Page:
Jimmy Page Rhythm Guitar Style

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Hey, Claude Johnson here with guitarcontrol.wpmudev.host
and today I want to continue on in our Chord Styles
of the Masters mini series. I asked you guys what
guitar master you want to learn from next. I got
hundreds of comments on the blog; appreciate that.
And one name kept coming up over and over, and that
was Jimmy Page.

Jimmy Page had so many different tricks. He had
Celtic influences, country blues styles, he used
power chords, barre chords, picking patterns,
open tunings, you name it. I can only scratch
the tip of the iceberg in one lesson, but today
I want to cover two of his favorite techniques.
One is using single note riffs, the other is using
open strings. Let me show you a couple examples
from each one. The first one being single note riffs.

Here’s the first example. This is from the song
“Heartbreaker” and we’re basically using the
add-in the passing note, which is the E flat.
And, of course, we’re doing it down here with
the open string. Then it modulates up to the
key of B. Very cool.

So here’s the next example. This is from the
song “Black Dog” and again, we’re using the
A pentatonic with a passing tone. In this case
we’re using the major 7th. This is kind of an
unusual tone for a minor feel, for a minor key,
but it works really well here.

Again, with this song, it goes to another key.
So after we do this, we go up to the key of E,
and then back to A. Again, a very basic technique,
just riffing on the scale. The important thing here
is that you have like a strong melody. Also, with
these riffs, after it does the single note thing,
it goes into a chord. In both bases this is going
into an A major chord. Just right into A major.

Now, you can use this technique to come up with your
own licks, your own riffs, and just use the same principle.
Pick any key and just use notes out of the pentatonic scale,
maybe with some passing tones, and just try to come up with
something melodic.

For example, let’s take the key of G. Here’s a riff for you.
Let me try playing that twice and then I’m move it up to A,
move it back and I’ll try to finish with maybe some power
chords. Here we go.

Not as epic as Jimmy Page, but — and you’ve got to keep in
mind some of these riffs, they’re classics because of the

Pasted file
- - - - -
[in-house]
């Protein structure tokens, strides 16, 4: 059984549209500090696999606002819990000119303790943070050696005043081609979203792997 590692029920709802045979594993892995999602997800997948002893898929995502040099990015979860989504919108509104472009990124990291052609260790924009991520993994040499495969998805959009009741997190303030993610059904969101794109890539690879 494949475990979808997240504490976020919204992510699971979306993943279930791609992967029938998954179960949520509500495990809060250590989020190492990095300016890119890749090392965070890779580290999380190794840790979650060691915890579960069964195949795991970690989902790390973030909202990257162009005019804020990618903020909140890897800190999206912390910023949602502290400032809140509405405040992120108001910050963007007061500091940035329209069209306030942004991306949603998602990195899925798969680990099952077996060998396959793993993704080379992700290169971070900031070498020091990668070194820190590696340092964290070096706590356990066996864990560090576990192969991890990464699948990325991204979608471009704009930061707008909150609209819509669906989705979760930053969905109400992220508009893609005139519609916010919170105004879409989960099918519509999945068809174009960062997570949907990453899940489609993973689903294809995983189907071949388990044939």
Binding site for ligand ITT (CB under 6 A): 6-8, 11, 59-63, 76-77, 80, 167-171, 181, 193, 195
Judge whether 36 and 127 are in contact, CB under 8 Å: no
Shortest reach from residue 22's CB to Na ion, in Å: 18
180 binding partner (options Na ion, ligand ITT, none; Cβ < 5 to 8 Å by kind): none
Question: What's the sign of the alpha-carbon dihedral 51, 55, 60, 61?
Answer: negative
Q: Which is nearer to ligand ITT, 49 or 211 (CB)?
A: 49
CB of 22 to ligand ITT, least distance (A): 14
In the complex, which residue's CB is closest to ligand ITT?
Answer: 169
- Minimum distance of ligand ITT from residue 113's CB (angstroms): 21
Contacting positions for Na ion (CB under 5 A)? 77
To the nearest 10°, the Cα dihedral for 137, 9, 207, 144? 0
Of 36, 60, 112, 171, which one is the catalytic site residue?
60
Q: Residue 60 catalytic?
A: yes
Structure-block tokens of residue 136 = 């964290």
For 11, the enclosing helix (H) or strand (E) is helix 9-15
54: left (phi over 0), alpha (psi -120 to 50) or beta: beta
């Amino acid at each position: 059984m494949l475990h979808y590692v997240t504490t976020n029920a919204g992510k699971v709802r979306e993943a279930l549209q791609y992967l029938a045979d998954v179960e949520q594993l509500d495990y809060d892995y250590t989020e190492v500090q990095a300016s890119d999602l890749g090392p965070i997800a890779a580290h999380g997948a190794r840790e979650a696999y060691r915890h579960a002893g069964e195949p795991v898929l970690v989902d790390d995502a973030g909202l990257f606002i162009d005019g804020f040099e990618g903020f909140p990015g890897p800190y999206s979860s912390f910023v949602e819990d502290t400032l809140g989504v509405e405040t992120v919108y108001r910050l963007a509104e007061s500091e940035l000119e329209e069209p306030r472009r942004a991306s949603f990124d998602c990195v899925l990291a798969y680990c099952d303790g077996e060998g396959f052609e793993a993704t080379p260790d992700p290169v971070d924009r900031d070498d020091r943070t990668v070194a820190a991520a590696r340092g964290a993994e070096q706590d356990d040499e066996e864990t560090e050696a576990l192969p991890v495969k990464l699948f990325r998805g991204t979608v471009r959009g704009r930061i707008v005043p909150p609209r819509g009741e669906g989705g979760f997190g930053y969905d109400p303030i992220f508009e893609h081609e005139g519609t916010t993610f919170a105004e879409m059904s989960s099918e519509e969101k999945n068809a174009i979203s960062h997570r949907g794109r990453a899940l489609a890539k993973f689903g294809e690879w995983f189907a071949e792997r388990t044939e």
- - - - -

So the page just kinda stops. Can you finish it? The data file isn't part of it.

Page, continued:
whole picture of everything that’s going on in the song:
the vocals, the melody, all the different parts.

The next technique I want to show you is open strings.
Let’s take the song “Cashmere”. Now, on “Cashmere” Jimmy Page
uses an open tuning called DADGAD, which is basically from the
bottom to the top, D-A-D; G-A-D. I’m not going to bother with
that right now because I just want to — I don’t want you
distracted or get complicated with that. I’m going to just
show you this riff, just using two strings, the D string and
the G string. So we don’t need to worry about the other strings.
I’m just going to show you this principle.

Open D and then I’m going to fret this, 2nd fret of the G string.
So the riff goes like this. Again, this is not the actual real
“Cashmere” riff because we’d actually be using more strings and
hitting that low D string in between like a syncopated thing.
We’re not going to worry about that. Even just using two strings,
it sounds pretty cool. So you can do a lot. Basically the open
string acts as like a drone effect and you can come up with some
very full-sounding stuff.

What we’re doing here is we’re starting on the 2nd fret on the
G string and then we’re just going up one fret at a time,
chromatically, so 2nd to the 3rd, 4th, 5th and then the 7th.

Here’s another example using open strings. This is from “Dancing Days”
and we’re using the open G string and then on the B string we’re going
to hammer-on from the 2nd fret to the 3rd fret and then pull-off to the
open string. Again, I encourage you to use these techniques to come up
with your own songs, your own riffs.

We saw an example with the open D string, the open G string; let’s just
go to the open A string just to be different. A good place to start is
always the 5th. If you have an open string, start at the 2nd fret.
You can just put that anywhere. Play around with it; see what you can
come up with.

All right, guys. Thanks for checking out the lesson; I hope you enjoyed it.
I encourage you to check-out our products page to check-out all of our cool
DVD courses. Just go to guitarcontrol.wpmudev.host/courses and you can see a bunch
of cool stuff. So check it out. And that’s about it. Have a great day and
I’ll catch you next time.